Rural Medical Internship
by Emily Shriner & Kendall Wills
This summer we had the privilege of participating in the Rural Medical Internship with Dr. Paul Evans C’90, and his wife Dr. Pam Evans C’91. For seven weeks, we completely immersed ourselves in rural medicine from coaxing the family’s goats back into their enclosure after a taxing day at the Evans’ clinic, to battling exhaustion at four in the morning while working in the emergency room. While all of these experiences are unique on their own, together they have taught us about the importance of the physician and patient relationship and increased our passion toward becoming medical professionals.
From going to work in the hospital and clinic, shopping at Walmart and knowing everyone there, and talking our way out of speeding tickets from small-town police officers, we truly experienced the life of a rural physician. Not only was it a blast to live in the country with Dr. Paul’s amazing family, but we had a hands-on medical experience like no other.
A typical day consisted of waking up early to do rounds in Baptist Memorial Hospital. Dr. Paul would assign a patient for each of us to follow throughout their time in the hospital. We were expected to evaluate their charts, including blood work, imaging, and vitals. We went into the patients’ rooms, assessed them, and then presented our information to Dr. Paul, suggesting a treatment plan. Rounding in the hospital allowed us to learn how to professionally communicate with patients and their families. This was the most unique part of the relationship, as most medical students do not have patient interactions until their third year of medical school.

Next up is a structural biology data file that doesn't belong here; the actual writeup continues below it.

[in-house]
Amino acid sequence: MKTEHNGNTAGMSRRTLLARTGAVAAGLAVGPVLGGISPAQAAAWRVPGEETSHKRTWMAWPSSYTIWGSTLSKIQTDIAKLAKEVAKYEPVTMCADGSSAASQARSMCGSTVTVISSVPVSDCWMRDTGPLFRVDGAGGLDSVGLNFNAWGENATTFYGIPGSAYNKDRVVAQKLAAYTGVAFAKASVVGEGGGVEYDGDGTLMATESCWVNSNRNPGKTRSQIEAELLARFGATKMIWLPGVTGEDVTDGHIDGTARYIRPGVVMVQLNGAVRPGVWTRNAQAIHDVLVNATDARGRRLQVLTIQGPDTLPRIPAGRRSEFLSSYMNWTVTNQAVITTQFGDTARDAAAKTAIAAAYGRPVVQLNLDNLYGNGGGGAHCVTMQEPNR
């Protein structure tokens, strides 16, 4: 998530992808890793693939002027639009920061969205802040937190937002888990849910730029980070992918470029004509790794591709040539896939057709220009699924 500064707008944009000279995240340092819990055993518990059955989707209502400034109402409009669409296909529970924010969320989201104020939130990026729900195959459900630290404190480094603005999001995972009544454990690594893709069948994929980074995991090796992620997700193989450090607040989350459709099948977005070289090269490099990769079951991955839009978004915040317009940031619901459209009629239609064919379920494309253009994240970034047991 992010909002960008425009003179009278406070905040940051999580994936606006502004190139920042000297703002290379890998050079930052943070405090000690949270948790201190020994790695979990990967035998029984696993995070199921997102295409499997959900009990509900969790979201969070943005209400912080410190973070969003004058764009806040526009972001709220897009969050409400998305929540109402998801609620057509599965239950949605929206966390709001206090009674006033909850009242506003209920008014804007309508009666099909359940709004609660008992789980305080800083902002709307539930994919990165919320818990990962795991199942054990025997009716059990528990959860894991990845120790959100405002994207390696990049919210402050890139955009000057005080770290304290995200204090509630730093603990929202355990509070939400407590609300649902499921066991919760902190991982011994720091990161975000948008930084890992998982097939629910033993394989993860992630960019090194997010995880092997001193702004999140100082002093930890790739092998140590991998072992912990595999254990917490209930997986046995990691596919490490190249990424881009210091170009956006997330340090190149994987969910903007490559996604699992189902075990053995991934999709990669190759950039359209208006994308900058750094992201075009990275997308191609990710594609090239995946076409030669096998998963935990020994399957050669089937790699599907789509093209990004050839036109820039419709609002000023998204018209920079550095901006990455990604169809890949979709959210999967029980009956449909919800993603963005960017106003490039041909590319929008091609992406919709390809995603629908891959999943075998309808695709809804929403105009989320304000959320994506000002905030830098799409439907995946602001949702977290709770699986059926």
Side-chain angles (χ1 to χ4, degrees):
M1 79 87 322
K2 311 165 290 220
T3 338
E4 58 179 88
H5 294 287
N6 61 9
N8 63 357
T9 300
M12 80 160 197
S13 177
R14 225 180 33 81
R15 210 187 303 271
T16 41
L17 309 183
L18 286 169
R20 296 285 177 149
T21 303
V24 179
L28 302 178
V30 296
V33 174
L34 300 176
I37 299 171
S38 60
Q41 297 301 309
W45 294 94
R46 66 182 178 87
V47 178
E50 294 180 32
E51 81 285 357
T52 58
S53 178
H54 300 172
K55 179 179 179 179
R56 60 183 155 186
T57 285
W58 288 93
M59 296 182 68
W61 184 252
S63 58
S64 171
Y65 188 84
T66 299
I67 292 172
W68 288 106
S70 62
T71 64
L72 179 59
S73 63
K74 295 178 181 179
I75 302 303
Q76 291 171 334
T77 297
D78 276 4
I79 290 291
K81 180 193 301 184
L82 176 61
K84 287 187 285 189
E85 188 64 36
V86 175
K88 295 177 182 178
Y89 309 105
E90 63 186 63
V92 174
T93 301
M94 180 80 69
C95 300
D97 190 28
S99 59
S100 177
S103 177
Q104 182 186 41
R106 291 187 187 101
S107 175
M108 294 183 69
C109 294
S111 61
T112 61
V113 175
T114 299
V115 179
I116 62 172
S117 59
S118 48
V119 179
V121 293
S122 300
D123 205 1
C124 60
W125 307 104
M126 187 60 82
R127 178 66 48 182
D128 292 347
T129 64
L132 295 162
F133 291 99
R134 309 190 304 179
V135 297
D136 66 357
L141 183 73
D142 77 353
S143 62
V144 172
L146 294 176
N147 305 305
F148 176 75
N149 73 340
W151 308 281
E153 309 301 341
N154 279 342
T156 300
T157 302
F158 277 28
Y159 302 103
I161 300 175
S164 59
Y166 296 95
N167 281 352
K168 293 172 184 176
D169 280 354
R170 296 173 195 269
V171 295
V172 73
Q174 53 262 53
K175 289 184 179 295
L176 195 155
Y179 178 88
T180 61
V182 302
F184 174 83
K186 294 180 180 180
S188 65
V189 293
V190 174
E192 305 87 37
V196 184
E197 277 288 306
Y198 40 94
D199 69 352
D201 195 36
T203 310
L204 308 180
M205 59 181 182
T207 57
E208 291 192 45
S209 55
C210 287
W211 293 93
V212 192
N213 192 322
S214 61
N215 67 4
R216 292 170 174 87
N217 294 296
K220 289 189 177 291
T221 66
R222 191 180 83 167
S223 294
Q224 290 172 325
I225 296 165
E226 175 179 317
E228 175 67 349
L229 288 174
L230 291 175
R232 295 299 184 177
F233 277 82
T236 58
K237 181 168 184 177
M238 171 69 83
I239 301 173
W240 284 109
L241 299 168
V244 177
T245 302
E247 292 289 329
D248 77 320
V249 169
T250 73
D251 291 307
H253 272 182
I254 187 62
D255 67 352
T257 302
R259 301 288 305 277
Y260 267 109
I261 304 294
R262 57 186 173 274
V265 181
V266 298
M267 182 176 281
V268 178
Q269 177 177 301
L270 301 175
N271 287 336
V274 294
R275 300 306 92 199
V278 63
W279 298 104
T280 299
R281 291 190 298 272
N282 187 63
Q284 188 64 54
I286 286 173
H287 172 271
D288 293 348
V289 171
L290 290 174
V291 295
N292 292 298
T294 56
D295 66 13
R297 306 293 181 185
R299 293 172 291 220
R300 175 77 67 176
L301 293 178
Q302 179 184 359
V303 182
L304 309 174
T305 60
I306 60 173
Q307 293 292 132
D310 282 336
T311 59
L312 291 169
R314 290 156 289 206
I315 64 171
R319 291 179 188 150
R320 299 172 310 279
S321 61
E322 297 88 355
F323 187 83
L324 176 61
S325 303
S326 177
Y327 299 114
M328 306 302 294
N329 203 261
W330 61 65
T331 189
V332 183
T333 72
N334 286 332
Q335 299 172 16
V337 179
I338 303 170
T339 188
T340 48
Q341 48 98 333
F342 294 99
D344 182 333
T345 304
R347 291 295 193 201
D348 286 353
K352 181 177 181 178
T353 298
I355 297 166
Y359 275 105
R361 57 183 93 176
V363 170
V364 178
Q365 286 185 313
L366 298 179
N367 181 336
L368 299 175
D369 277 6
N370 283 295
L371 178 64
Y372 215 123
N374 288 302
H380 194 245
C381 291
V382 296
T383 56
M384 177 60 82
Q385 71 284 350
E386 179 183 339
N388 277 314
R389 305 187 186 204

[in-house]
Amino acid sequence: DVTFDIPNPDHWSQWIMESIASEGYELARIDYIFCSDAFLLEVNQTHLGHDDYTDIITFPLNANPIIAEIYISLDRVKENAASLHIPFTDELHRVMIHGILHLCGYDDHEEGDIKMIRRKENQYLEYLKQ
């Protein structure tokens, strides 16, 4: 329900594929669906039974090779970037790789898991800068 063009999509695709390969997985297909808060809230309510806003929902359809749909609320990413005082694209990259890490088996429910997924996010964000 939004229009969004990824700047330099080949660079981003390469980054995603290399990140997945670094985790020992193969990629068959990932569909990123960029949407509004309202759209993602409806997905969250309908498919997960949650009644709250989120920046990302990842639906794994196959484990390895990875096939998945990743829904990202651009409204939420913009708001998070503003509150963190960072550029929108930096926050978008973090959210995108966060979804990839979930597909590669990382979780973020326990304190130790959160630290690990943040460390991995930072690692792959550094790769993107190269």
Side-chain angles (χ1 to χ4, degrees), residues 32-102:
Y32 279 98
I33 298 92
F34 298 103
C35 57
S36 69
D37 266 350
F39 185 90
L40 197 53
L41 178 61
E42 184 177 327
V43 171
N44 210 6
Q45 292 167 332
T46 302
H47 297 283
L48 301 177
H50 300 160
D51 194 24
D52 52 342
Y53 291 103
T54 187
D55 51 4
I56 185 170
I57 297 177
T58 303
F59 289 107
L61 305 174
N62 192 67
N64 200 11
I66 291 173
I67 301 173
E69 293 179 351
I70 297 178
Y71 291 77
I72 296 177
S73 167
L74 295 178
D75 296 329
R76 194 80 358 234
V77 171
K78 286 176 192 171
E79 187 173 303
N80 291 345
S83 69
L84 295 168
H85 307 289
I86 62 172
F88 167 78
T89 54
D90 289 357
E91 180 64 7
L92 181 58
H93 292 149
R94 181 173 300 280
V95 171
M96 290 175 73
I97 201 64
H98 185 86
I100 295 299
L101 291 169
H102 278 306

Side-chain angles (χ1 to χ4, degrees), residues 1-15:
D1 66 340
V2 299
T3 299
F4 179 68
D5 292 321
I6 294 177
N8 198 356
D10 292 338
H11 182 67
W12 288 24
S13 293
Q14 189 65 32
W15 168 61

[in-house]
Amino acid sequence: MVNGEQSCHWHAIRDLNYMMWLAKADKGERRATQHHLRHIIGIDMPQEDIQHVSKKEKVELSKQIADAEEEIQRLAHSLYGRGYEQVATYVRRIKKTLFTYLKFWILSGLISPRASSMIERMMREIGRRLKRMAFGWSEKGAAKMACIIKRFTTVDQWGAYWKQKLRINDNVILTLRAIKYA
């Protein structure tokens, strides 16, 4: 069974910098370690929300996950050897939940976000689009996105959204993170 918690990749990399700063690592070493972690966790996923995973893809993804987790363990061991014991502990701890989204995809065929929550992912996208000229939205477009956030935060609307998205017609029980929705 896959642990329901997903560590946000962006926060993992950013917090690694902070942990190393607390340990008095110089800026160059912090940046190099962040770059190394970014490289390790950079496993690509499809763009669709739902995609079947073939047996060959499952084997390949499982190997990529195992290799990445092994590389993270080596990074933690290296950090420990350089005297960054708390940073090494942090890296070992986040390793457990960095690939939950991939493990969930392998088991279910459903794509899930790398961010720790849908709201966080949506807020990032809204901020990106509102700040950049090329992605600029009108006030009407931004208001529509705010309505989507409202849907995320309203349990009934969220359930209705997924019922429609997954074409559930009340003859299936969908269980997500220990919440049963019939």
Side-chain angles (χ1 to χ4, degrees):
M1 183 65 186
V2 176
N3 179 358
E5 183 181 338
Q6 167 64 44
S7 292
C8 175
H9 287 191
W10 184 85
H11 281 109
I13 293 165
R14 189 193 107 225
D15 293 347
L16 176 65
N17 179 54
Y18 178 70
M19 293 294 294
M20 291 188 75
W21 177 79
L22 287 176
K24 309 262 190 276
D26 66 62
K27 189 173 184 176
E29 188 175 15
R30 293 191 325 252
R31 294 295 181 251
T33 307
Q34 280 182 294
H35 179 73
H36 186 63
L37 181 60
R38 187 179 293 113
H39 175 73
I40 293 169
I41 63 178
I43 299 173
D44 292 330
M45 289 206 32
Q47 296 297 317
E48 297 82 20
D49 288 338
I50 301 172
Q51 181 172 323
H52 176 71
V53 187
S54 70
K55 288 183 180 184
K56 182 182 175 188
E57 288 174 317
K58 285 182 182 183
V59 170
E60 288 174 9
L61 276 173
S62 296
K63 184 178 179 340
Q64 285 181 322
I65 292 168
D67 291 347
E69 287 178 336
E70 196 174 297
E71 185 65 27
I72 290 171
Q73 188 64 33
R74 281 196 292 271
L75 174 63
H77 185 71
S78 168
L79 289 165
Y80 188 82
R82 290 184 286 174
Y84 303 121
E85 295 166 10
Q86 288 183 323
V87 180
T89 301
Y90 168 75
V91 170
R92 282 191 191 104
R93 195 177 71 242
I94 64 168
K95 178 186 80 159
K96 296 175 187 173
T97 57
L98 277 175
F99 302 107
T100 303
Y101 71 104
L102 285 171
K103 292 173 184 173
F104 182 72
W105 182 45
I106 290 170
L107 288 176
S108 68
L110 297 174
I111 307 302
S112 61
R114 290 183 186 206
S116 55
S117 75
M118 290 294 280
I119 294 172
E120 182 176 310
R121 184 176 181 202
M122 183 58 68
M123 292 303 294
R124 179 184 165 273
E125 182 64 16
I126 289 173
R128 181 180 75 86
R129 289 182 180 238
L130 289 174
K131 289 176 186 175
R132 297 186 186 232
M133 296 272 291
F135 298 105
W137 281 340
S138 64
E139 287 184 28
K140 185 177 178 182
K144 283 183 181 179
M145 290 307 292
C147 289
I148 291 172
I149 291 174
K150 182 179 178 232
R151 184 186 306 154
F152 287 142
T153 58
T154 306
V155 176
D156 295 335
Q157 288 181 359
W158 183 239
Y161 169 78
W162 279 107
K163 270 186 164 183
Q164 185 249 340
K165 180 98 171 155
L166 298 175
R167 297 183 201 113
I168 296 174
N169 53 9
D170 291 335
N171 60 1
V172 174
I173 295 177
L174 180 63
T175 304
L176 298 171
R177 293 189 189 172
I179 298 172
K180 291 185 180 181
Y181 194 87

In addition to the hospital rounds, we worked a full day in The Evans Clinic during the week. Not only did we assess patients, but we learned how to write prescriptions, scribe, and perform other assistant-type tasks. We even got our hands dirty by assisting with sutures, vaccinations, pap smears, and urinalysis. The clinic was an entirely different experience from the hospital because each patient had a unique complaint. It was fascinating to follow up with the patients and see them improve after starting a new prescription or treatment.
When we had a spare moment between patient visits, Dr. Paul was incredibly eager to answer any questions. He regularly lectured regarding various medical conditions and the underlying pathophysiology behind them. Some of our favorite lessons included the renal system, cardiac cycle, and “caveman physiology.”
Toward the end of the internship, we shadowed obstetricians, gynecologists, a urologist, a pediatric hospitalist, and a general surgeon. This allowed us to experience many different fields of medicine and further develop our interests. We both found a love of obstetrics while watching childbirths. We also greatly enjoyed working with the pediatric hospitalist and seeing how quickly the children’s conditions improved.
Overall, the internship was incredibly validating in regards to our future as health care professionals. The hands-on experience of interacting with countless patients and learning about the various fields of medicine allowed us to realize our passion to serve others in the field of medicine. We are truly grateful for the opportunity, as well as all of the knowledge and experiences gained while working with Dr. Paul.